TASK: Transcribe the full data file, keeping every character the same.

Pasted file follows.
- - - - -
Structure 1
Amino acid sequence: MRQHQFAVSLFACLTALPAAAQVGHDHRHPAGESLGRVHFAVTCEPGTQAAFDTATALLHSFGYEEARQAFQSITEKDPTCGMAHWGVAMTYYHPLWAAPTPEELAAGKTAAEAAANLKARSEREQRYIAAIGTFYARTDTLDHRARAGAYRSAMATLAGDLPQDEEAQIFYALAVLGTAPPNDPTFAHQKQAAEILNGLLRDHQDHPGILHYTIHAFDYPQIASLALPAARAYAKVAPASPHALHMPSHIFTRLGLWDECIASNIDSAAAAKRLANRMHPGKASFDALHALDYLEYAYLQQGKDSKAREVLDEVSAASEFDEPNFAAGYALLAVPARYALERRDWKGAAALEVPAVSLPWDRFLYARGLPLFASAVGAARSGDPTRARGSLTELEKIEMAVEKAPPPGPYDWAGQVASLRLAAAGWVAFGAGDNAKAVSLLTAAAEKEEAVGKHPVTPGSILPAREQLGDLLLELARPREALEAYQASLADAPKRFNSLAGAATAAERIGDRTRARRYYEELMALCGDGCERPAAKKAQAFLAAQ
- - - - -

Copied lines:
Structure 1
Amino acid sequence: MRQHQFAVSLFACLTALPAAAQVGHDHRHPAGESLGRVHFAVTCEPGTQAAFDTATALLHSFGYEEARQAFQSITEKDPTCGMAHWGVAMTYYHPLWAAPTPEELAAGKTAAEAAANLKARSEREQRYIAAIGTFYARTDTLDHRARAGAYRSAMATLAGDLPQDEEAQIFYALAVLGTAPPNDPTFAHQKQAAEILNGLLRDHQDHPGILHYTIHAFDYPQIASLALPAARAYAKVAPASPHALHMPSHIFTRLGLWDECIASNIDSAAAAKRLANRMHPGKASFDALHALDYLEYAYLQQGKDSKAREVLDEVSAASEFDEPNFAAGYALLAVPARYALERRDWKGAAALEVPAVSLPWDRFLYARGLPLFASAVGAARSGDPTRARGSLTELEKIEMAVEKAPPPGPYDWAGQVASLRLAAAGWVAFGAGDNAKAVSLLTAAAEKEEAVGKHPVTPGSILPAREQLGDLLLELARPREALEAYQASLADAPKRFNSLAGAATAAERIGDRTRARRYYEELMALCGDGCERPAAKKAQAFLAAQ